I found today's utterly pointless story on Futility Closet here. The original source was Curiosities for the Ingenious (1825). The excerpt reads:
"Dennis Hendrick, a stone mason, sometime ago, for a wager of ten guineas, walked from the Exchange in Liverpool, along Deal-street to the corner of Byrom-street; being a distance of three quarters of a mile, blindfolded, and rolling a coach wheel. On starting, there were two plasters of Burgundy pitch put on his eyes, and a handkerchief tied over them to prevent all possibility of his seeing. He started precisely at half past seven in the morning, and completed his undertaking at twenty minutes past eight, being in fifty minutes."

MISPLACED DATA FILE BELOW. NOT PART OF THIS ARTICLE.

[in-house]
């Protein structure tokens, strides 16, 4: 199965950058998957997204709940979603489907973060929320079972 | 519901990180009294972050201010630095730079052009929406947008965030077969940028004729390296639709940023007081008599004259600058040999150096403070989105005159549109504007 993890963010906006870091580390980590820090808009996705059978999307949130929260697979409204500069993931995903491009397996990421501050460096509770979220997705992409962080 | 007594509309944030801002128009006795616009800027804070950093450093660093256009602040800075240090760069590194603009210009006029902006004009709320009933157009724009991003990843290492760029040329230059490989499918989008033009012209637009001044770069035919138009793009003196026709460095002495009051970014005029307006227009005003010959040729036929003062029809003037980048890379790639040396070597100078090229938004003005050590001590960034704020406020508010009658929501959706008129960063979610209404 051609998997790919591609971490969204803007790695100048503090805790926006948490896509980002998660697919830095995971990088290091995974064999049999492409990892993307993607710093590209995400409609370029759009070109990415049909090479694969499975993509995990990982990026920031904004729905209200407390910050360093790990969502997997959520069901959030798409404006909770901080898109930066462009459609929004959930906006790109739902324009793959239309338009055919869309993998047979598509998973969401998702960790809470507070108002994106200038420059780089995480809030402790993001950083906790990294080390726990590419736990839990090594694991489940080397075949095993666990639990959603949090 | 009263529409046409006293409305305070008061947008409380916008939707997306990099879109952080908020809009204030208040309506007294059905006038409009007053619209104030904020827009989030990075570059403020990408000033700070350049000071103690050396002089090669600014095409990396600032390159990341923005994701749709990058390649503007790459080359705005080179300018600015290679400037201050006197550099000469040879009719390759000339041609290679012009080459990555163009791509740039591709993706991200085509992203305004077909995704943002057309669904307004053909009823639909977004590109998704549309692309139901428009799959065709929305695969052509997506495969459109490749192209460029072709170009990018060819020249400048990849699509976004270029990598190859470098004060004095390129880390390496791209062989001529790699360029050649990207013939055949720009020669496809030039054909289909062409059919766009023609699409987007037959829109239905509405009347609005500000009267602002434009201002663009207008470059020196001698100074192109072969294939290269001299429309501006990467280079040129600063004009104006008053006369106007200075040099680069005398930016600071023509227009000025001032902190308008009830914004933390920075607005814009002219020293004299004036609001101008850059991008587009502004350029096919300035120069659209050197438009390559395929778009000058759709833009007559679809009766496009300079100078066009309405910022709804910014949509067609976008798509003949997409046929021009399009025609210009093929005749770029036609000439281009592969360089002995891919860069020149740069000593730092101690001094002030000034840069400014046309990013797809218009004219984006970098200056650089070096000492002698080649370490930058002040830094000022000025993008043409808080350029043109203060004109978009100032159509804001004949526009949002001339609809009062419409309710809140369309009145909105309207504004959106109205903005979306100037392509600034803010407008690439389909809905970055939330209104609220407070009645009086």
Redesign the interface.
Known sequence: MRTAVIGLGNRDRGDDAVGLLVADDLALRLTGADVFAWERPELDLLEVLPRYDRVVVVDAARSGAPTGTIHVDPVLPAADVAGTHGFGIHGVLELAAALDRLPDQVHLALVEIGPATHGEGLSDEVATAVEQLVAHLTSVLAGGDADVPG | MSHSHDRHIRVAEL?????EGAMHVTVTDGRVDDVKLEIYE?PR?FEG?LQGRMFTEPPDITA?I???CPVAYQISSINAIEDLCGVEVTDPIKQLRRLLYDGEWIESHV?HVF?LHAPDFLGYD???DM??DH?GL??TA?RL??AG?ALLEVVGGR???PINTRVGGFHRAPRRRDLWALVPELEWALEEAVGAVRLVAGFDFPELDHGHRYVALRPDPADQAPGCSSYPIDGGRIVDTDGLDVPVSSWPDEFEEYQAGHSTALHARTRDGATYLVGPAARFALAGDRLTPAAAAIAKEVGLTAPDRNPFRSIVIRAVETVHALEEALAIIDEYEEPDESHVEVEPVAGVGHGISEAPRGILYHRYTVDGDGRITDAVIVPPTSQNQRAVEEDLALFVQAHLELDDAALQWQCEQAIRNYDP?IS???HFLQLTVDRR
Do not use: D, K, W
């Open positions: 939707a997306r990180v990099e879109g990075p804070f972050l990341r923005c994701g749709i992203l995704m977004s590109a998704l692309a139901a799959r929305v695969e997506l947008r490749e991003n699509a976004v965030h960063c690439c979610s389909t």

Now, what in the HELL is the point of this?
As we have examined in this blog before, there is no limit to the stupid things people will bet each other to do. However, I'd be really interested to know what mundane conversation over a pint eventually led to an activity this specific. Especially since this is a pretty significant bet for an artisinal or working-class man. Today ten guineas would be worth almost £700, or about $1,100. I don't know about you, but I don't care $1,100-worth if my friend can roll a coach wheel blindfolded or not.